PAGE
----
New Executive Order Complicates Construction Industry
A new executive order by the federal government has some contractors wondering if their projects will be in compliance according to the new Buy American rules set forth in May. According to Construction Business Owner, Executive Order 13881 has many caveats and nuances for contractors large and small that require a thorough read-through of the order, because where previous executive orders had little impact on the construction industry, this one does have the potential to upend the way construction firms have been doing business.
The components of concern to contractors are the clauses regarding supplies and materials, as the act has new requirements for what items must be manufactured in the United States and what percentage of materials must be mined in the United States. For iron and steel, the domestic requirement increases to 95 percent, the Construction Business Owner article says, and for everything else, the cost of all components must be 55 percent domestically purchased.
But the devil is in the details when it comes to the new order, as there are exceptions for certain items that are considered commercially available "off the shelf," items that are purchased from countries with existing trade agreements with the United States, and items purchased by companies working on projects beneath a certain price threshold. In particular, depending on regulatory clarification that is expected to come, the component excepting items commercially available off the shelf (called COTS) has the potential to negate much of the impact of the new order. "A significant amount of the supplies purchased by the federal government and virtually all construction materials qualify as COTS items. If the COTS exception remains (and we expect it will), the practical effect of EO 13881 will be significantly blunted," writer Hal J. Perloff says in the article.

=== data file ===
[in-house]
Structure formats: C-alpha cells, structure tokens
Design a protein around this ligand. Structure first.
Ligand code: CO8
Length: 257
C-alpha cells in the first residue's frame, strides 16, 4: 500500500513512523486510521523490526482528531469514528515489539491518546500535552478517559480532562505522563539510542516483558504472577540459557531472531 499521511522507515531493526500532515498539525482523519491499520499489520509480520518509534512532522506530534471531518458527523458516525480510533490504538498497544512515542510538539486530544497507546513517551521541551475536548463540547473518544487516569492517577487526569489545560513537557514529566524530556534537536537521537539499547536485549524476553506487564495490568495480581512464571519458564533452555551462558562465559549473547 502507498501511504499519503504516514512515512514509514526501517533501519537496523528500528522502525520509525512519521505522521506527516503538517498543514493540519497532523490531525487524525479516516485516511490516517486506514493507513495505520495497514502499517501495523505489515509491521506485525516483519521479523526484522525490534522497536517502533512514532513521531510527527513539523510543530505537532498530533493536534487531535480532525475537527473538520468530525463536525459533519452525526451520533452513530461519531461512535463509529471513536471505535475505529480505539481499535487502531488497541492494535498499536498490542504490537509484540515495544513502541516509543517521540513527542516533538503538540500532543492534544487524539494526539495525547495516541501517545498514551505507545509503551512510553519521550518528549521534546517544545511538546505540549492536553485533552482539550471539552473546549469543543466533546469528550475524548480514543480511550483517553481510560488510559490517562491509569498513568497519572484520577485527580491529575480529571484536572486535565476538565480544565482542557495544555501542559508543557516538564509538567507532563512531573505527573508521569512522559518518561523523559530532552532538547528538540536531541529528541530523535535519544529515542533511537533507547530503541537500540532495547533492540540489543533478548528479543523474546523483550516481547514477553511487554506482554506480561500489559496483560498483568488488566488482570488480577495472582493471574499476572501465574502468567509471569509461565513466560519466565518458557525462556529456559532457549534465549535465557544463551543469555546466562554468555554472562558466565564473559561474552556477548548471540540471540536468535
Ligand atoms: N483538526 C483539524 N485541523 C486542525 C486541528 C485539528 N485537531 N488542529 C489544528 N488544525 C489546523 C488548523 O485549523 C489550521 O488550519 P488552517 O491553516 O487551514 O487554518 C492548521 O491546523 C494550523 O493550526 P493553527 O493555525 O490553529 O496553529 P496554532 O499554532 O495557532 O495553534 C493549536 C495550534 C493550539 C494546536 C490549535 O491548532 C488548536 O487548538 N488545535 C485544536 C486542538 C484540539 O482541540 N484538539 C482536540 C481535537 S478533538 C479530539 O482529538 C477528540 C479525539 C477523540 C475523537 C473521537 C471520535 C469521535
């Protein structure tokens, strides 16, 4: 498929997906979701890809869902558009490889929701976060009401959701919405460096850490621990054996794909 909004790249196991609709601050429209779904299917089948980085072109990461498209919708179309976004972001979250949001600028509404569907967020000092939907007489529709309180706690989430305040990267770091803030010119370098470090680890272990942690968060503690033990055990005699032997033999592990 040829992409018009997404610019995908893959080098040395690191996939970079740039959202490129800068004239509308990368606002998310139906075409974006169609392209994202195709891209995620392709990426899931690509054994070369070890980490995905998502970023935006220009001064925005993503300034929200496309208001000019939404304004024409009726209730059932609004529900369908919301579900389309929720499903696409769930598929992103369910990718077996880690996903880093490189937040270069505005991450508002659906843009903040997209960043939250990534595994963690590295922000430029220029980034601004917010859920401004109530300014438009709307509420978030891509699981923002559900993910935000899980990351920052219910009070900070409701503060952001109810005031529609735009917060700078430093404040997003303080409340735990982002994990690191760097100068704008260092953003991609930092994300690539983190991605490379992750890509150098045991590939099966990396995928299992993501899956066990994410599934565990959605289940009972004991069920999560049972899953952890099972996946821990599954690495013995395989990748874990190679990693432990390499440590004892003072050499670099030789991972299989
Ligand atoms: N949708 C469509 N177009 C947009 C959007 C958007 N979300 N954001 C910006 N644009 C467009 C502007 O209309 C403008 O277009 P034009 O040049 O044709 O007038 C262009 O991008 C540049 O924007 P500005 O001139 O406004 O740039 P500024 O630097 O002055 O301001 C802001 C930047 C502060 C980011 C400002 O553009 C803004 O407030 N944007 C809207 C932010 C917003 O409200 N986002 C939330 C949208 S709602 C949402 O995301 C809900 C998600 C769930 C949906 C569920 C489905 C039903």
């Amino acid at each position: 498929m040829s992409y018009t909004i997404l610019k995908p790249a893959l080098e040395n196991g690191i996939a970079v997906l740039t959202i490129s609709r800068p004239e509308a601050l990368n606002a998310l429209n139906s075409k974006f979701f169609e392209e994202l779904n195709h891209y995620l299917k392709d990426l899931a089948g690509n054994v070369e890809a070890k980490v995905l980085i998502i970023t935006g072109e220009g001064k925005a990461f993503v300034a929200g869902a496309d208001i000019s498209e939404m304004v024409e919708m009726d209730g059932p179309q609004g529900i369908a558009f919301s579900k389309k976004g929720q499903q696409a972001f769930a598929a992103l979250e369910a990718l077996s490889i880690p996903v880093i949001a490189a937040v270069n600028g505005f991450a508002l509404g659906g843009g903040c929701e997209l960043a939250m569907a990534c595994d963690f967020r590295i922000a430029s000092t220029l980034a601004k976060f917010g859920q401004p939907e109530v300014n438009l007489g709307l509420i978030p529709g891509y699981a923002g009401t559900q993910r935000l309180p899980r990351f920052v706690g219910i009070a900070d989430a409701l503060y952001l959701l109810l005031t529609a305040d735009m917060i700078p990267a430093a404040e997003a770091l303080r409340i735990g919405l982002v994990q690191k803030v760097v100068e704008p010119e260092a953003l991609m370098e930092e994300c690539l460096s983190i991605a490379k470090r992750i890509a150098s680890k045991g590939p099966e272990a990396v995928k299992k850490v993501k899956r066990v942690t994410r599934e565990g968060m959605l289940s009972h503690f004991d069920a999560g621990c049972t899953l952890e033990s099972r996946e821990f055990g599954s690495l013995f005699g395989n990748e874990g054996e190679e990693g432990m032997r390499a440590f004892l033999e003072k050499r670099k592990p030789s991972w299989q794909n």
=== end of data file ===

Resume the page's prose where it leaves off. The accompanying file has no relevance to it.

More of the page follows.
Acknowledging that the topic can be exceedingly complex, the article sets forth a few steps for construction professionals trying to stay within the confines of the new order, including spending the time necessary to decipher how it impacts their work, seeking waivers early where possible, and keeping abreast of rulings and changes that may follow in the coming weeks or months. Go HERE for the full article.